Judy Chicago’s The Dinner Party is an art piece which is now permanently installed in the Brooklyn Museum. This piece commemorates 1,038 historical and mythical women. Thirty nine of these women are memorialized with place settings on a triangular table, the other 999 named in gold on the Heritage Floor which the table stands on. Every one of the over one thousand women attributed broke barriers, were depictions of strength and/or furthered the feminist movement. For example, Christine de Pisan, who became a writer and spoke out against misogyny in literate in thirteenth century France. Or Sojourner Truth, who was born a slave and died a respected and influential activist who spoke out against institutionalized oppression of African Americans and women. Or Georgia O’Keefe, whose art continues to inspire feminist artist to this day. These women as well as the 1,035 others who are commemorated in The Dinner Party are all inspirations who led lives well deserved of this honor Judy Chicago and her team of volunteers bestowed.
But what about the copious amount of inspirational, remarkable, change-making women who are not recognized in this work of art?
There is an abundance of women who did not make the cut onto the Dinner Party whose actions were well deserving of such recognition. In many ways, this is understandable. Judy Chicago did not assert that she was creating a piece that would encompass all of the important women in history. That being said, many women were overlooked due to race, as bell hooks says in her book Feminism Is for Everyone “Very little serious literary scholarship had been done on works by black women writers prior to feminist movement.” Unfortunately, this fact held true in the conception of The Dinner Party, thought we see a few women of color, the overwhelming majority are white females.
This leads me to wonder, in a post bell hooks, post Combahee River Collective, post Cherrie Moraga, post Beverly Daniel Tatum world, what would The Dinner Party look like is conceived now?; a sort of Dinner Party 2.0, if you will.
With the advent of the theory of Intersectionality, and the new faces the feminist movement has seen in the past 36 years since the production The Dinner Party began, the women who’s accomplishments that would be seen as commendable enough to be represented on this Dinner Party 2.0 would be virtually endless. I would imagine we would see such amazing women such as Rosa Parks, Maya Lin, Barabra Jordan, Gloria Steinem, bell hooks, Sonia Sotomayor, and countless others in this new rendition who we did not see in the original Dinner Party.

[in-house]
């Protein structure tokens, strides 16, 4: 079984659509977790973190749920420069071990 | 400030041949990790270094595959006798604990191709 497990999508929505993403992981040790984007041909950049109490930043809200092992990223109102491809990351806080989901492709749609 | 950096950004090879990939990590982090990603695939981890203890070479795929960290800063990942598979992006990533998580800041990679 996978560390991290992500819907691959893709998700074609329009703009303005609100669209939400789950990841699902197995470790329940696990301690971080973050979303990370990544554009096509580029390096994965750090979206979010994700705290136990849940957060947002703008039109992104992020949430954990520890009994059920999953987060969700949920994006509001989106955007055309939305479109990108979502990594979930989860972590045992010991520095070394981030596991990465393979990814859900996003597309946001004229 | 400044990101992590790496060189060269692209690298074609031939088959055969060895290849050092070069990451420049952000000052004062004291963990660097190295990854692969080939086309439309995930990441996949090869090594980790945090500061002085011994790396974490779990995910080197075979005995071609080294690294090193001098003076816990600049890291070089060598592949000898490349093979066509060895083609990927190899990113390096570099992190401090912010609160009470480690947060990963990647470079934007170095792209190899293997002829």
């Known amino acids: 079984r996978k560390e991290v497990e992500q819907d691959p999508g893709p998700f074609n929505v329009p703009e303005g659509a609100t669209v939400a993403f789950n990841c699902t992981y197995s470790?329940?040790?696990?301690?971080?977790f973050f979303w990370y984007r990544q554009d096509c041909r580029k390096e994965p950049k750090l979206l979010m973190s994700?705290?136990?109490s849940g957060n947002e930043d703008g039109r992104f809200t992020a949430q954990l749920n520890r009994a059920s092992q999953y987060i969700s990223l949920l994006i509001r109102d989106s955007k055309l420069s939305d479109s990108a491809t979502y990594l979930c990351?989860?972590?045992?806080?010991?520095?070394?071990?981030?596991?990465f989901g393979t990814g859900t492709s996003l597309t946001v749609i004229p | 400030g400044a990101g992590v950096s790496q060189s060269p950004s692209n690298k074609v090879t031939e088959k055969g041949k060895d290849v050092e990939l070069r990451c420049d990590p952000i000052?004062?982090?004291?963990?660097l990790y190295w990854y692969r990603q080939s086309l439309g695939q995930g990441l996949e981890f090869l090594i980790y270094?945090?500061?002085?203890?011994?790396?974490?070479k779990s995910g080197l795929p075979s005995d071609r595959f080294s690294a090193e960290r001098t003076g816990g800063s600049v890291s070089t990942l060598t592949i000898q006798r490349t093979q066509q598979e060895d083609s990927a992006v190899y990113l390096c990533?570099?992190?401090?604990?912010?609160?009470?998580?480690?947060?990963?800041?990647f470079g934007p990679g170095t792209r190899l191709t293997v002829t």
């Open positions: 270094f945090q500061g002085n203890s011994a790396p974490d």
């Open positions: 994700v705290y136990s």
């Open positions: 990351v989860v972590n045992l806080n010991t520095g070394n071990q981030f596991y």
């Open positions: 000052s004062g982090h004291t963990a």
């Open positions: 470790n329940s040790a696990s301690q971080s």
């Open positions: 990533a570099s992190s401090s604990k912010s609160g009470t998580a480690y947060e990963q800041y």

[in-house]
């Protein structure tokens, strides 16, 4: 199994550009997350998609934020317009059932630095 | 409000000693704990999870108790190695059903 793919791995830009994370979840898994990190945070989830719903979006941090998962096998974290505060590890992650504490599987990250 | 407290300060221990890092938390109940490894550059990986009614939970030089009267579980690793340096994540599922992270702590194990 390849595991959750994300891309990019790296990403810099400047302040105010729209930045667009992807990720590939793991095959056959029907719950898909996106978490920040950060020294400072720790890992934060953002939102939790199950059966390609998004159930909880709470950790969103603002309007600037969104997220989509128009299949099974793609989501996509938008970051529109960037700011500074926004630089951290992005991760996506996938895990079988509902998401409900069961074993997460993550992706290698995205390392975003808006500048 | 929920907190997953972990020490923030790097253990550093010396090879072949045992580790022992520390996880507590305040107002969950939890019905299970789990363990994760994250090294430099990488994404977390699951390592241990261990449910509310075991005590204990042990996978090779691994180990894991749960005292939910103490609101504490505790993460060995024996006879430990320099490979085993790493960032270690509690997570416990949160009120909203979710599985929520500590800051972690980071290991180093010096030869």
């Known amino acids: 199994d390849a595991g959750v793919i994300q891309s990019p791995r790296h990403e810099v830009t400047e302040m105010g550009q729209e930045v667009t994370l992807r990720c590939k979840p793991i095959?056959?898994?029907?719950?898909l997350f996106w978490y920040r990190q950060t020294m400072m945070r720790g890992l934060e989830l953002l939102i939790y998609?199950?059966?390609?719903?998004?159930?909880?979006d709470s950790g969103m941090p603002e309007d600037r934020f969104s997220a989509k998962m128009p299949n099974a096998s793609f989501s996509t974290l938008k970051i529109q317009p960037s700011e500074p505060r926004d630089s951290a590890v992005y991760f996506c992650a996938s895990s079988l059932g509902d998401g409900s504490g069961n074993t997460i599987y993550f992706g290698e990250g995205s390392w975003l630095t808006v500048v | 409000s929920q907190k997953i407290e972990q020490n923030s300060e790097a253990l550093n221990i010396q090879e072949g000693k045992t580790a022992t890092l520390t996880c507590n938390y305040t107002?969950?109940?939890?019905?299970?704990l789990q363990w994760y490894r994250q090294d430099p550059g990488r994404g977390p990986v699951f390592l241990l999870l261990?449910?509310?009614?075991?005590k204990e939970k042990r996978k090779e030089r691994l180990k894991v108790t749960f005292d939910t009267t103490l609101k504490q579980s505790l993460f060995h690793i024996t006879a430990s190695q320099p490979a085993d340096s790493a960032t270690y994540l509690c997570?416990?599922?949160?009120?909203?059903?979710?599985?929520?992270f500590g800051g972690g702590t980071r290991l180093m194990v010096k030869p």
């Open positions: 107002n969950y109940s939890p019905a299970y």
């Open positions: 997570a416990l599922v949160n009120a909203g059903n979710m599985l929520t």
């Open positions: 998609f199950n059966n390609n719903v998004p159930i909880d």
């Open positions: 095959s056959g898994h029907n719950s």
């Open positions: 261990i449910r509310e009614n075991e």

One of the women who did not appear on the original who I would have liked to see is African American writer and feminist Celestine Ware. Ware was in a lot of ways ahead of her time; in her book Woman Power: The Movement for Women’s Liberation she speaks out against “the distance between white and black women [in the Feminist movement during the 1970s], a distance based on different life experiences,” according to the book A History of U.S. Feminisms by Rory Dicker. She believed this separation did not have to be permanent, saying that “Black and white women can work together for women’s liberation, but only if the movement changes its priorities to work on issues that affect the lives of minority group women.”
Another woman who I would want to see on this Dinner Party 2.0 would be Christine Lagarde. Lagarde is “an accomplished lawyer who became the first female finance ministers of France and is now the first woman to run the International Monetary Fund,” according to the CBS news program 60 minutes. In an interview with 60 Minutes, when her interviewer referred to the fact that before Lagarde joined, the International Monetary Fund was something of a ‘boys club’ and that in a lot of things she has done she has been the first woman, she replied, “well, what matters to me is that I’m not the last one.” Lagaurde is one of the most coherent, grounded, and reputable political figures I have ever heard speak, to say she is a coherent, grounded, and reputable “female political figure” would be an insult considering the gender barriers she has broken.
But the women I have mentioned above do not even scratch the surface in terms of women who would deserve to be on this hypothetical recreation of The Dinner Party. This leads me to the conclusion that a physical Dinner Party 2.0 would not be adequate. If one would recreate Judy Chicago’s The Dinner Party it would have to be in digital form. A luxury Judy Chicago and her team did not have, a Digital Dinner Party would be able to encompass the virtually countless influential and strong women who have changed our world for the better. As Courtney Martin wrote in her article ‘You Are the NOW of Now!’ The Future of (Online) Feminism for the Nation, “It’s time for all of us—bloggers, organizers, philanthropists and business experts alike—to put our heads together and figure out how to create a robust, sustainable online space that can serve as the ‘women’s center in the sky’ (as Gloria Steinem recently put it to [her]) for the next generation.” Imagine adding a digital continuation of Judy Chicago’s work to this “women’s center in the sky”, an all inclusive women’s history for all generations.
In her book Feminism Is for Everyone, bell hooks says “Producing a body of feminist literature coupled with the demand for the recovery of women’s history was one of the most powerful and successful interventions of contemporary feminism.” Judy Chicago’s piece The Dinner Party definitely was a huge step in this recovery of women’s history. Now it is our job as a society not only to keep that recovery alive, but to make sure women’s history never vanishes again. To let this happen would be an injustice to all of the women who deserve a place in our history books, who paved the way, who continue to strive.